A rather different scenario is at play in the energy and mining industries, among others, where having constant access to reliable exploratory data, which costs tens of millions to create over multiple years, is essential. Yet, because it’s historical data that isn’t necessarily needed to support day-to-day priority activities, it may well not have been identified as vital because it doesn’t have to be available within a few hours or days.
The same is true in the insurance industry, where so-called long-tail liabilities are dealt with in classes of insurance such as Employers Liability. These are policies that are often triggered by claims related to occupational hazards and diseases that may manifest themselves many years after the cause of the claim has occurred. So, having assured access to data that is sometimes 30 or 40 years old is essential for the insurer, and in the case of class actions the loss of that data, or its unavailability, could cost millions.
In healthcare, while the data associated with patient records is often cited as being critical, the reality is that very often those records are a patchwork of datasets that are held within various systems owned and maintained by a variety of healthcare suppliers – labs, radiology providers, pharmacies, clinical diagnostics etc. No singular organisation has custody or control over every dataset and the protection afforded to each will vary enormously.
Likewise, in the pharmaceutical industry, having records of drug development and trials over many years is essential to obtain regulatory approval, however, because there’s likely to be no clear requirement for some of that data to be available at short notice, the DR requirements for that data are likely to be minimal.
The challenge of identifying VDAs
It’s clear that rather than simply looking at the IT services and data that support priority activities (those that are time-critical), organisations need to identify their VDAs – data that, if it were lost, would threaten the viability/sustainability of the business. VDAs and time-critical data are NOT likely to be the same thing, and recovering compromised data after a cyber-attack needs to be focussed on those VDAs. Their importance cannot be over-emphasised and therefore BIAs – the foundational component of BC and IT DR – need to identify what these are, where they sit in the production environment, how they’re backed up, what their minimum acceptable recovery configurations and requirements are, as well as their technical profile (data types, size and growth rates, structured and unstructured, archive requirements etc.)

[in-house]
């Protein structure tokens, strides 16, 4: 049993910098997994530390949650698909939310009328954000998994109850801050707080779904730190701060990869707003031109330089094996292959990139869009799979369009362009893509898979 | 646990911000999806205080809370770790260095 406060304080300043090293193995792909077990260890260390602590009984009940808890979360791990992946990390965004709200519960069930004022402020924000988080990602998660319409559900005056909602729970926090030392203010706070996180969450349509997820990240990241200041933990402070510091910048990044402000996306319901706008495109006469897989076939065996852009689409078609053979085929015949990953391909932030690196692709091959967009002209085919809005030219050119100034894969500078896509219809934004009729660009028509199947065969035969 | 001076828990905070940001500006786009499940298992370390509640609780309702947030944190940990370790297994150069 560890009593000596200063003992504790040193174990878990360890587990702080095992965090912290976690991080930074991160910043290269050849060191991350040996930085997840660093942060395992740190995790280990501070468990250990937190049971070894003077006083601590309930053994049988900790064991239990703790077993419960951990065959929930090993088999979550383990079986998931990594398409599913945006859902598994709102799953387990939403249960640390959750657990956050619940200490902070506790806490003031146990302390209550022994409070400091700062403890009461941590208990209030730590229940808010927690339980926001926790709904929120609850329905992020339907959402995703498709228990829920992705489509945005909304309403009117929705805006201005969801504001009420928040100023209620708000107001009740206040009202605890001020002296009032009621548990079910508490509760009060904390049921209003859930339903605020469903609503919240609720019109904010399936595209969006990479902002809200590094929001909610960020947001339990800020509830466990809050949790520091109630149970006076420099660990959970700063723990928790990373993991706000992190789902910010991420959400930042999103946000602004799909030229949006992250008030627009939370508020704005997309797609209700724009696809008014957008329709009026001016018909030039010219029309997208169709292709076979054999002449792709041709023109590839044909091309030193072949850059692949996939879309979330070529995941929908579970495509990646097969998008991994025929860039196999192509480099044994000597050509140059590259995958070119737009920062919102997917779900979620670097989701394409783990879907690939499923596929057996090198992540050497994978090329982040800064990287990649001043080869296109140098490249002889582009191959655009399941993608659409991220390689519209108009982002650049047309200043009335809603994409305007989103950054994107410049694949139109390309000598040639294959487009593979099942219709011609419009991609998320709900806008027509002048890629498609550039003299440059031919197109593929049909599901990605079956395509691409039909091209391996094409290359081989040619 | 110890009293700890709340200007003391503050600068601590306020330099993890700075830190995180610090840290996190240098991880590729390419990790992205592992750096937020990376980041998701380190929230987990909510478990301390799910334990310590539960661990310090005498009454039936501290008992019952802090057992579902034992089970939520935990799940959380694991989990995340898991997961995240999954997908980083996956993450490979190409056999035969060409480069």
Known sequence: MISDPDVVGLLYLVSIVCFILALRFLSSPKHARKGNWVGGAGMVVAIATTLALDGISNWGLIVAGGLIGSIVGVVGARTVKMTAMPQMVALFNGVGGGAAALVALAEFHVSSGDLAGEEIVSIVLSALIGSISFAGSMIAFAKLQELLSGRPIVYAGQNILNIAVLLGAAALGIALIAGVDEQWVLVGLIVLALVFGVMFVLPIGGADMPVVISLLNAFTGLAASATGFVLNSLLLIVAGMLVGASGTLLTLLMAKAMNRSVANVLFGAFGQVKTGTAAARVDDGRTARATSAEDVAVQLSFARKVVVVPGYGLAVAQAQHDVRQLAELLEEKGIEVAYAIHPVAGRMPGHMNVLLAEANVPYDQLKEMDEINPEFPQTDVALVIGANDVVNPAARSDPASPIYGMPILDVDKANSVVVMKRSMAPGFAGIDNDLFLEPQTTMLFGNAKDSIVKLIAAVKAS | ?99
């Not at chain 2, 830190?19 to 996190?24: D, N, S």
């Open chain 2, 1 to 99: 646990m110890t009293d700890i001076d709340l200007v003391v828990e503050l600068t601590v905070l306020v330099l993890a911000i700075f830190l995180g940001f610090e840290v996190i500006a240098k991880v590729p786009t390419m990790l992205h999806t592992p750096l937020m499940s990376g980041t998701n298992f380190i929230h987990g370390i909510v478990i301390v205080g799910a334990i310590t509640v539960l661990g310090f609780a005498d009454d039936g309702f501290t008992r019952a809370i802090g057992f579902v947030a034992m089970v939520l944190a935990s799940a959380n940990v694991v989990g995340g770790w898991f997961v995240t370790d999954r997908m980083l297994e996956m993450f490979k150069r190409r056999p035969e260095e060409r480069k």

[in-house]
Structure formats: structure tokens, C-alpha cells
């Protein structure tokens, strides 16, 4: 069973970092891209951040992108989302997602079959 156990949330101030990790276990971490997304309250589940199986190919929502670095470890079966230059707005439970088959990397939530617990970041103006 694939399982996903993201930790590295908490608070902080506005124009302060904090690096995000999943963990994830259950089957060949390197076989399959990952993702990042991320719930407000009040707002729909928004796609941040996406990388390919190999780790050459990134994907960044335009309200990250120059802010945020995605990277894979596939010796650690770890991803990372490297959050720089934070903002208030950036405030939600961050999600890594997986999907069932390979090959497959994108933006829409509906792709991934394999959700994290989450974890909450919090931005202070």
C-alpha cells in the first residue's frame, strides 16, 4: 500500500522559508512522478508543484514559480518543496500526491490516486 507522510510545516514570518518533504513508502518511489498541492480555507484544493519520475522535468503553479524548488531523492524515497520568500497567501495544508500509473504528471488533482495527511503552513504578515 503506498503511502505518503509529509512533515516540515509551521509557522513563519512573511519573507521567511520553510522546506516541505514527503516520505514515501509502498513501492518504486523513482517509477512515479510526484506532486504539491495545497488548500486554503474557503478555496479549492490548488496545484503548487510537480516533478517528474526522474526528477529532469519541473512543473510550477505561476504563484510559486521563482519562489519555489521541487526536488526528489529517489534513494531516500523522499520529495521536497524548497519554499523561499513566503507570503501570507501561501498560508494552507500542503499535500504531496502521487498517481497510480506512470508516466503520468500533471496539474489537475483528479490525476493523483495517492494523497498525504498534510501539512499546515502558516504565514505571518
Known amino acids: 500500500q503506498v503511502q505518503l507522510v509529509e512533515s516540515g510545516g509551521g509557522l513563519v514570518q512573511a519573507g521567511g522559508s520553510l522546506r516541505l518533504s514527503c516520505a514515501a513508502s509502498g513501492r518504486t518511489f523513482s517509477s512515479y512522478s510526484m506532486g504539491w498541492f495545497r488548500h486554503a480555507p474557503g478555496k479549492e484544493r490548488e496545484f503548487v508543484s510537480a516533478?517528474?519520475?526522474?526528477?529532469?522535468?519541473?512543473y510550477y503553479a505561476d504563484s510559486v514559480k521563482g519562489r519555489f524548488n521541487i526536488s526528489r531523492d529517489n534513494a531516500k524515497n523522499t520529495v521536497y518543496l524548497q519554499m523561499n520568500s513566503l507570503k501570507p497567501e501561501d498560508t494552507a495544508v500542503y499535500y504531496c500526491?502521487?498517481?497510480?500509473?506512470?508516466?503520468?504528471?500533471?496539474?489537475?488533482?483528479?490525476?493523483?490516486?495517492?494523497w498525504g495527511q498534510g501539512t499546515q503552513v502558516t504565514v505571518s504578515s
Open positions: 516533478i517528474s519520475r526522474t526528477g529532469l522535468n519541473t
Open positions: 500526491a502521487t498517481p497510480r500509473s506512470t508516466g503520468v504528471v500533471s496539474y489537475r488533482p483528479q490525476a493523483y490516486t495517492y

So, the questions for every BC or IT manager are:
- Do you actually know what your VDAs are?
- Do you know WHY they’re vital and the consequences if they’re lost and/or unavailable?
- If there is (or might be) a copy of a VDA, how easy/expensive will it be to get hold of?
- The last time you tried to restore production systems from backups, did you achieve your stated RTO/RPO?
- Are you confident that following a cyber-attack that compromised your vital data, you’d be able to eradicate malware, validate that it’s safe to resume operations, and repatriate confirmed clean data to the production environment – all within your stated RTOs?
- Do your current BC and ITDR plans incorporate activities to mitigate prolonged unavailability or loss of VDAs?
If the answer to any of those questions is “no”, then it’s likely your cyber-resilience capabilities needs some attention.
Speak to our experts today who will guide you through the most cutting-edge practices to ensure your organisation’s safety against the ever-evolving threat landscape.